Frances writes about this coming weekend’s readings : – Socrates wrote that “the unexamined life is not a life worth living for the human being”. Knowing oneself, and having some awareness of what one has been created for, is essential to human flourishing or else one is just a pawn in the power of the universe, a puppet, tossed about at the whim of the elements.
In the book of Job (7:1-4,6-7) of which we seem to have been given a particularly gloomy passage to read; we find Job pondering on life’s meaning: why is it that virtuous men, like himself have great suffering and the wicked seem to thrive? His ‘friends’ insist that Job’s sufferings must be punishment from God for terrible undisclosed sins, something he consistently denies; his wife, clearly fed-up with the whole advises him to curse God and die. Both represent the fatalistic viewpoint that one is simply at the mercy of God and the elements. This is something Job resolutely rejects, insisting on his own righteousness, and also refusing to reject God. The whole set up, as we know, was part of a bet between God and Satan to see whether or not our sufferer would forsake God. Eventually the faithful Job is rewarded by God, but not before he has harangued God over his sufferings, and in turn is lambasted by the divine for his presumption – the ways of God are inscrutable and his power far superior to that of man. However, Job’s faithfulness is commended and rewarded. At the end of the story we find a wiser and if anything even more devout Job, schooled in his relationship with God. Far from being a mere pawn in relation to the divine, Job has begun to dialogue with God, just as his ancestor Jacob had ‘wrestled’ with God (Gen 32:25). Job learns his ‘place’, but also learns just how favoured he is of God.
The book of Job of course has very ancient origins, written long before New Testament times with its radical meeting with God and man in and through Jesus Christ. Yet for St Paulthat knowledge of Christ also demanded a dramatic reappraisal of his life. (1 Cor 9:16-19, 22-23). Once it became clear to him that he was called by God to the work of Christian evangelism he realised there was no turning back, “I should be punished if I did not preach” the Good News. Paul however does not see his calling simply as God’s demand which he must fulfil; “it is a responsibility which has been put into my hands”; and his reward from God is to be able to give this gift of God to humanity freely; as freely as God has given himself to us in Christ and because of this he will not even take his keep, he must be Christ-like. His ‘given’ vocation is both cooperation with God and opportunity to live out a meaningful and fulfilling life, hence the word responsibility, suggesting choiced and considered actions. Paul, or rather, as he was, Saul, who we suspect previously lived a rather confined life as a devout Pharisee, rigorously observant of the law of Moses, now finds himself made “all things to all men in order to save some at any cost”. He deliberately calls himself the ‘slave’ of all men, using this powerful metaphor to express his openness to every condition of men, rich or poor, slave or free, regardless of class or profession. No longer for him then the restricted life of the ‘clean’ versus the ‘unclean’, the righteous versus the sinner, for now he lives with the freedom and dynamism of his master Jesus Christ.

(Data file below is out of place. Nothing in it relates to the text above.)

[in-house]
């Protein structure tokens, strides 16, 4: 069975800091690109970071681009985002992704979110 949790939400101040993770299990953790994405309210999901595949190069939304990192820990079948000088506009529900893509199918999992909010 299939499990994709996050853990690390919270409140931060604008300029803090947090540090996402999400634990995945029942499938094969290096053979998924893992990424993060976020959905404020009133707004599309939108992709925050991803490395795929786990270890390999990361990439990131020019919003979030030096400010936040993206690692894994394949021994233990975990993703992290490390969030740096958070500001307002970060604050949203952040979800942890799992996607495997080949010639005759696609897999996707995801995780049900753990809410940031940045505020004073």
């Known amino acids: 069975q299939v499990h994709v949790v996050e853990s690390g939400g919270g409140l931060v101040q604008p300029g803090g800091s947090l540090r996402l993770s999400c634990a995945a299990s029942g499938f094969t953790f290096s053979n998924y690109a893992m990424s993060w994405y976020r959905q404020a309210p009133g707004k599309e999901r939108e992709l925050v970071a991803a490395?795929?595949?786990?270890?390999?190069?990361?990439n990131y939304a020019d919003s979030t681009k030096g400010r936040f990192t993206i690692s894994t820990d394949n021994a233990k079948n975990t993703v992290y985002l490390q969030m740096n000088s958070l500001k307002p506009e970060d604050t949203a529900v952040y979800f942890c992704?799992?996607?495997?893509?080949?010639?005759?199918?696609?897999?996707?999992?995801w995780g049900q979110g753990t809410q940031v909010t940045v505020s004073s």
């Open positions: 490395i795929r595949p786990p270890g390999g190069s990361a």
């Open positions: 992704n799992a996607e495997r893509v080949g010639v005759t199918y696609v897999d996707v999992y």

In our gospel too (Mark 1:29-39), we see this graced freedom lived out in the life of Jesus who heals many people as a sign and enactment of the arrival of the kingdomof Godin his very person. But that very power has consequences – “everybody is looking for you”. His healing ministry could easily have become misconstrued or perverted, by the crowds or by Jesus himself had he fallen into the trap of settling down and receiving the acclaim his miracles produced. Jesus recognises this temptation and the need to move on. “Let us go elsewhere, to the neighbouring country towns, so that I can preach there too, because that is why I came”. His call, his vocation to live out his incarnate life requires that he is not held back by the needs of others or indeed his own need. For Jesus, as we know, the cost of his ministry would be very great, and it begins right at the start of Mark’s gospel with his whistle-stop tour of the towns ofGalilee. Mark’s Jesus is always driven, always on the move but precisely because his life is steeped in prayed, his awareness of his identity and his willingness to live it out, come what may enables him to take his task from start to terrible finish on the cross.
We will never be called to such a dramatic self knowledge or such a way of life, yet it is the duty of every Christian to examine his/her life; not in any spirit of self-deprecation or gloominess, but rather that we may become more aware of the possibilities our lives hold for us and therein to find the courage to act with the grace and vision of the gospel.